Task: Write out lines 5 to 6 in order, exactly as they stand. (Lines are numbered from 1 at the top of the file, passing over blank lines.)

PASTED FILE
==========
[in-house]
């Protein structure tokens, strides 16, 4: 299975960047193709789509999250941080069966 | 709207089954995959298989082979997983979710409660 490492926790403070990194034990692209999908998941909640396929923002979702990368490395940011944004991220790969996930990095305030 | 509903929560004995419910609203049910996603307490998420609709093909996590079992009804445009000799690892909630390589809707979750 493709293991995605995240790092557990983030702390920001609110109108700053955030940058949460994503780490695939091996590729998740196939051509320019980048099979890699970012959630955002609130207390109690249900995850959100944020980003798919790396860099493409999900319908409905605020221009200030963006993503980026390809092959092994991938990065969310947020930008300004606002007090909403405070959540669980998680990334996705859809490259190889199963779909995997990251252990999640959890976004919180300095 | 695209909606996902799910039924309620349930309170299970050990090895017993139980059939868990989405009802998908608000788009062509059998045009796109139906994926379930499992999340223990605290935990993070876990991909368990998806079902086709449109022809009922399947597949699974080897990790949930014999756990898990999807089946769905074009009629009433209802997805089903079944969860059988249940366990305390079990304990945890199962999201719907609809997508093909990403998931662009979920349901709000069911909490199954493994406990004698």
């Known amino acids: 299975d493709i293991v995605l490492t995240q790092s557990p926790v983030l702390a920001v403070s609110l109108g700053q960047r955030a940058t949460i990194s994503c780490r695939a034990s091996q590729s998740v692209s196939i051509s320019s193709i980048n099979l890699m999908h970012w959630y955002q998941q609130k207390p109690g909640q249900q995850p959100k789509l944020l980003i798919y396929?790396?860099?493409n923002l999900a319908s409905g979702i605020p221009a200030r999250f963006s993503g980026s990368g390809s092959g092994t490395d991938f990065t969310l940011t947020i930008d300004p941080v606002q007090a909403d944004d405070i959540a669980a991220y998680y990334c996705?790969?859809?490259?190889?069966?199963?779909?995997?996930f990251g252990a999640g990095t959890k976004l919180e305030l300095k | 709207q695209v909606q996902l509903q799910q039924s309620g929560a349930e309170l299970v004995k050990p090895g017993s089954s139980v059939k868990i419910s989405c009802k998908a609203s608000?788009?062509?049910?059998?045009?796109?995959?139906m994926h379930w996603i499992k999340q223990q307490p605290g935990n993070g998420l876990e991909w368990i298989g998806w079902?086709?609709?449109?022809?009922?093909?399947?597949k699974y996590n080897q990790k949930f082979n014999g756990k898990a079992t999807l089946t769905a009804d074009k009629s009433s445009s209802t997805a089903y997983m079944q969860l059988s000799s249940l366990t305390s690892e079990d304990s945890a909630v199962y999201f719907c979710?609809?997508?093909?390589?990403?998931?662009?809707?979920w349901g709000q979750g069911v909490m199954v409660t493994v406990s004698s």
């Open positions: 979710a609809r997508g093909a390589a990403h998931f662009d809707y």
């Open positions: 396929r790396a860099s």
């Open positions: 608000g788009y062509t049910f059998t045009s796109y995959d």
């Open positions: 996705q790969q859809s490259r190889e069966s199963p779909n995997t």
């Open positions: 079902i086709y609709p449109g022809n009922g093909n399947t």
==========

């Open positions: 396929r790396a860099s």
């Open positions: 608000g788009y062509t049910f059998t045009s796109y995959d």